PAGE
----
I read Schumpeter's "History of economic analysis" a couple of months ago so I decided dive into this other important contribution. I must admit, it wasn't nearly as interesting and took some real effort. The other reviews listed go over his important points about the business cycles but what I enjoyed about "History" was his style of writing that was witty, down to earth and very sharp. This book seemed to be the opposite. Not my favorite.

5-0 out of 5 stars Qucik and tight packaging
Many innovation researcher always cited famous sentence from this book. Innovation is defined as the introduction of new goods, methods, market, source of supply, and organization. Few researcher, however, told so what. This valuable title is still available. Great treasure.

5-0 out of 5 stars Zachary Zeisler's Review of Joseph Schumpeter's The Theory of Economic Development
Watch Video Here: http://www.amazon.com/review/R2CVPEG93YZSNO Zachary Zeisler's review was made as part of a critical review assignment for the Spring 2009 Economics of Technology seminar at the University of Nebraska at Omaha, taught by Art Diamond. (The course syllabus stated that part of the critical review assignment consisted of the making of a video recording of the review, and the posting of the review to Amazon.)

5-0 out of 5 stars Dynamics and Progress
The Theory of Economic Development represents a high point in the history of economic science. Schumpeter had a clear understanding of the difference between static and dynamic issues in economics, and an appropriate appreciation of the latter. This book also shows how advanced Schumpeter's thinking was. On page 10 Schumpeter appears to anticipate the modern definition of economics- 20 years before Robbins wrote his Nature and Significance of Economic Science (was this in the original edition, or just in my 1934 reprint?). Chapter one sorts out Say's Law of Markets in detail, and explains its static nature. Chapter two explains economic development in correct dynamic terms (unlike the pseudo-dynamics of Neoclassical growth theory). Schumpeter is able to explain dynamics because he examines entrepreneurship (and vice versa). Schumpeter also leaves room for real institutions, especially financial markets.

I can honestly say that I learned some new and important things from reading this book, despite the facts that I have a PhD in economics and took my first economics class 21 years ago. Unfortunately, most economists would learn more from reading this book than I. This is a sad commentary on the current state of affairs in economics. Schumpeter was interested in matters of great consequence and thought about them deeply. There is simply no comparison between Schumpeter's insightful analysis and the tedious and purely imaginary intellectual constructs of Solow influenced math modelers. There is a clear difference between Schumpeter's analysis and the intellectual gymnastics of modern mathurbationists. Schumpeter was a true professional.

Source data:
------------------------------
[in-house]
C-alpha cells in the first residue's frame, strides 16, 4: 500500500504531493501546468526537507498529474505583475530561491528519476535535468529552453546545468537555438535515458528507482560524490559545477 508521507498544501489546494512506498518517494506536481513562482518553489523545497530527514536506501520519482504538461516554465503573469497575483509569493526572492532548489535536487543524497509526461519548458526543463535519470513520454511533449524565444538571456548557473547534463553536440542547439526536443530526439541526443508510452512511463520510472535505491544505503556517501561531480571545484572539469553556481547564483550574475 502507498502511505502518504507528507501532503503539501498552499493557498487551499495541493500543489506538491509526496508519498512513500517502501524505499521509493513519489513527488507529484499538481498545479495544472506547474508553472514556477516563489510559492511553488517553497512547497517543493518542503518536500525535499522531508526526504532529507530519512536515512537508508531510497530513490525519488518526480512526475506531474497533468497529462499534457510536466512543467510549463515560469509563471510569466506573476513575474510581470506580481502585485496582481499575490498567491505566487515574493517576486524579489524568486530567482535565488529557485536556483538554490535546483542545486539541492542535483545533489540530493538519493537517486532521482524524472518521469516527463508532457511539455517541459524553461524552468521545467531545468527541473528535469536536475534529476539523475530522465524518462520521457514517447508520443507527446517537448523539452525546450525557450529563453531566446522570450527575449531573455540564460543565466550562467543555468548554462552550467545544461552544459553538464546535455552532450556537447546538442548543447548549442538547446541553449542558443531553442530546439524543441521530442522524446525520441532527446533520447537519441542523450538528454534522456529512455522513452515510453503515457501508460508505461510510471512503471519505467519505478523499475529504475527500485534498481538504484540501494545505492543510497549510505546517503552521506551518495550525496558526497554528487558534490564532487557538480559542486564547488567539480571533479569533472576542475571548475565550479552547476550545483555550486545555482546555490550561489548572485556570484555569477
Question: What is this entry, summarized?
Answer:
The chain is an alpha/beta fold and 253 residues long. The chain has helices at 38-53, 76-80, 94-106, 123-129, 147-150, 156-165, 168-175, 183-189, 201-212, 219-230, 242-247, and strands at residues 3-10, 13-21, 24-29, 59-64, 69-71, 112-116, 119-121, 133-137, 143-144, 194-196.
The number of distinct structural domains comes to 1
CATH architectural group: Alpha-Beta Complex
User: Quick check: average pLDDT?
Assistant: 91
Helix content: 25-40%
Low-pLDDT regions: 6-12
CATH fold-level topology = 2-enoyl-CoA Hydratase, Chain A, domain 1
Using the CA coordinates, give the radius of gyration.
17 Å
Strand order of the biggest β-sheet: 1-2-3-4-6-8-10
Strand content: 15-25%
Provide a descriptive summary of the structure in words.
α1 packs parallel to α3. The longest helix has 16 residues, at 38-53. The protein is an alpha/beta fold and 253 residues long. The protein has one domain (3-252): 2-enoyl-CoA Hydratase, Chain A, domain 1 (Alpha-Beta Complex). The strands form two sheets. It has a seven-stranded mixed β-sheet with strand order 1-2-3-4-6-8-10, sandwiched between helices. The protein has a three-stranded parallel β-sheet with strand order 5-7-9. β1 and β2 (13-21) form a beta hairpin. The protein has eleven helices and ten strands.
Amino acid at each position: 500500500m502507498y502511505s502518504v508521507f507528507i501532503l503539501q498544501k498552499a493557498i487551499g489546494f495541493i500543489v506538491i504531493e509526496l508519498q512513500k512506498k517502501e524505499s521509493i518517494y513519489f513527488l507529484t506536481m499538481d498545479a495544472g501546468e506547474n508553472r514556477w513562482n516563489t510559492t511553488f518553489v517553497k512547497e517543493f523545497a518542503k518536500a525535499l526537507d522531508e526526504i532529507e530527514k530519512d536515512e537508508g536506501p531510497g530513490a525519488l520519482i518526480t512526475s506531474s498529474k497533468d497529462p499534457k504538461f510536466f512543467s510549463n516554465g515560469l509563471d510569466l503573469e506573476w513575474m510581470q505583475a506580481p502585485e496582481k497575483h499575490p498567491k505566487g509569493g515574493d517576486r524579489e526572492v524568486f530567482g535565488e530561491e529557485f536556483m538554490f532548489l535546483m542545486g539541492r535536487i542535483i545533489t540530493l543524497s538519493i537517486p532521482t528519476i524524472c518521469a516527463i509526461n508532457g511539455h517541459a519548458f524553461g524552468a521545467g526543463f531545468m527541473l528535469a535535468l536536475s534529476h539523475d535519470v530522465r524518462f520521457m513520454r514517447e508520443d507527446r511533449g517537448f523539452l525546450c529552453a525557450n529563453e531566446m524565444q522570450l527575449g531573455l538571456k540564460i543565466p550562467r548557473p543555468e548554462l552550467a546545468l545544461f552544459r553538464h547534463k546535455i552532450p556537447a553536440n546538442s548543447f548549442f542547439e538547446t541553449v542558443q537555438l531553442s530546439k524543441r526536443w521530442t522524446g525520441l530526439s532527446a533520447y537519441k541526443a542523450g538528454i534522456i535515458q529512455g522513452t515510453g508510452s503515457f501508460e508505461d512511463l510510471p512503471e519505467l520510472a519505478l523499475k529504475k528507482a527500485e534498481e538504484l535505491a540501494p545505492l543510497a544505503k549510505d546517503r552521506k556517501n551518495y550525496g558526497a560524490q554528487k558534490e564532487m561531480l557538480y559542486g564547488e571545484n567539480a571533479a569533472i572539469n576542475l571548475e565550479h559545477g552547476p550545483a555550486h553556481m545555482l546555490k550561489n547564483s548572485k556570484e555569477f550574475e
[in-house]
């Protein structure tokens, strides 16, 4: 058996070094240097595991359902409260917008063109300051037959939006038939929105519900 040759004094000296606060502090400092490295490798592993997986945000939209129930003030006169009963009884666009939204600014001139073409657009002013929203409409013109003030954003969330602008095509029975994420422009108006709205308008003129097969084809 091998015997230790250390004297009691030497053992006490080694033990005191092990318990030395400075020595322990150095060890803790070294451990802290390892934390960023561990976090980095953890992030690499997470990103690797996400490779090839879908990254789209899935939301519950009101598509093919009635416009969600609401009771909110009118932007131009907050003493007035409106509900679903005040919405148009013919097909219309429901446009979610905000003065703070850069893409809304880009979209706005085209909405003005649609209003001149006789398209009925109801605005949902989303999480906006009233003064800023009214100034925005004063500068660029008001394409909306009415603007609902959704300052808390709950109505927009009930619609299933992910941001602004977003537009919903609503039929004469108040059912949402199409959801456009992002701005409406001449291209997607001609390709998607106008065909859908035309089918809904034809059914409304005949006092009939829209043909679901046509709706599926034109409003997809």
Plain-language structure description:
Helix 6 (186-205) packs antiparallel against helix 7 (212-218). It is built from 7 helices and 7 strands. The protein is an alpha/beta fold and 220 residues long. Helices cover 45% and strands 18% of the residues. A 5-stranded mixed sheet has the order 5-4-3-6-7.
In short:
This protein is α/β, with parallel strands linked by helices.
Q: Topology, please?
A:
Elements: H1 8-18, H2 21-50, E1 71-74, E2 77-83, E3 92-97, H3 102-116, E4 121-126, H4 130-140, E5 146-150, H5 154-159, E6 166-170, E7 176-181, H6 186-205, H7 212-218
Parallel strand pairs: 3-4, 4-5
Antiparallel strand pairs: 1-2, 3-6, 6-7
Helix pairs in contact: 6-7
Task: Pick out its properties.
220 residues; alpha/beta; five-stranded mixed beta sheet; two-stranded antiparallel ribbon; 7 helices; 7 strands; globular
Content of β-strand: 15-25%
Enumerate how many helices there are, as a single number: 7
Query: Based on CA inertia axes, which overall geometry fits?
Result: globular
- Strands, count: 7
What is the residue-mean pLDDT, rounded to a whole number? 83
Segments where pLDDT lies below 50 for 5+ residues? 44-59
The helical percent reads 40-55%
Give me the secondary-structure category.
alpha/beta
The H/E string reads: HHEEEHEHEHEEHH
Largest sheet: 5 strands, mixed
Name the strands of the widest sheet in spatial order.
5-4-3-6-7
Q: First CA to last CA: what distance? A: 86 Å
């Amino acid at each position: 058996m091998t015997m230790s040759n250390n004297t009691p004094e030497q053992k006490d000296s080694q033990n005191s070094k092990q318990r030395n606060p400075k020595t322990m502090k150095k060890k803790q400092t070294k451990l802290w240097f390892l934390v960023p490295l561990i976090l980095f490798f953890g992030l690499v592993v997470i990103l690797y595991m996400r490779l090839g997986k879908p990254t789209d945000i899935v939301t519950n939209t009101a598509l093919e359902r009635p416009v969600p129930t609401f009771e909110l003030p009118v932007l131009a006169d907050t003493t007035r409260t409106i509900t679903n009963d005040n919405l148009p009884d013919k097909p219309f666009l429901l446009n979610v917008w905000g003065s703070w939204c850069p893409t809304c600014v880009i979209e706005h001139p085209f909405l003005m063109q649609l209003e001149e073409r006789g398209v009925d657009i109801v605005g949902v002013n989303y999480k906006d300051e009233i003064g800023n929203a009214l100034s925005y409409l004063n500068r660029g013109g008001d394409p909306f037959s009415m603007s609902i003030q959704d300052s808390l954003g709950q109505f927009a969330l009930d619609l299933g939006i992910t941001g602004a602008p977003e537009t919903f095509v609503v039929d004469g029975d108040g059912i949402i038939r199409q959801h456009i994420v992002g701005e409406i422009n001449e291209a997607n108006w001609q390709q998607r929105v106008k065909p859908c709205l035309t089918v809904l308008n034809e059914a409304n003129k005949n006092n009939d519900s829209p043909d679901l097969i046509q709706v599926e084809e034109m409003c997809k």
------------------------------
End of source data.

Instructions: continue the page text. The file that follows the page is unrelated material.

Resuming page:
I was somewhat surprised by the extent to which Schumpeter's ideas fit with the ideas of Mises, Kirzner, and Lachmann. Schumpeter is often seen as an Austrian born Walrasian instead of as an Austrian economist in the Menger-Mises-Hayek tradition. There are clear Austrian influences on Schumpeter's thinking, though he was not a Mises clone. I was already impressed with Capitalism, Socialism, and Democracy. Schumpeter was a true genius, and an economist on par with Ricardo and Hayek. Read this book to learn some development economics, and a little intellectual history too.

5-0 out of 5 stars Before Keynes and Mandelbrotthere was Schumpeter
Schumpeter had an expression that intuitively sums up in a few choice words quite a few of the theoretical concepts of J M Keynes and the empirical/statistical breakthroughs of Benoit Mandelbrot.Unfortunately,Schumpeter lacked the technical training in mathematics,statistics and probability that he needed in order to give a rigorous exposition of his intellectual and intuitive discoveries.Those few choice words are"regular irregularity".Looking at the data available to him early in the 20th century,Schumpeter was able to categorically argue ,correctly ,that price movements over time in different markets and changes in investment over the business cycle could NOT be modeled by assuming that a normal probability distributioncould be applied.Schumpeter was the first economist to make a clearcut distinction between risk(applying a normal probability distribution with a stable mean and variance(standard deviation))and uncertainty.Uncertainty would automatically arise over time due to the regular irregularity of constant(nonconstant)technological innovation,change and advance over time.It is quite easy to see that Mandelbrot's nonparametric two variable constructs, measuring discontinuity and short run/long run persistence/dependence(as opposed to the normal distributions assumptions of continuity and independence),are described by Schumpeter's"regular irregularity".Unfortunately,instead of breaking with the classical and neoclassical schools of economics,as both Keynes and Mandelbrot did,Schumpeter decided to remain a loyal soldier,downplaying his severe disagreements.This was Schumpeter's great error.He recognized the severe limitations of the standard price adjustment equilibrium demand and supply analysis,but went along anyway.The potential reader will find chapter 6of Schumpeter's book alone to be worth the price of admission needed to obtain access to Schumpeter's brilliant breakthroughs. ... Read more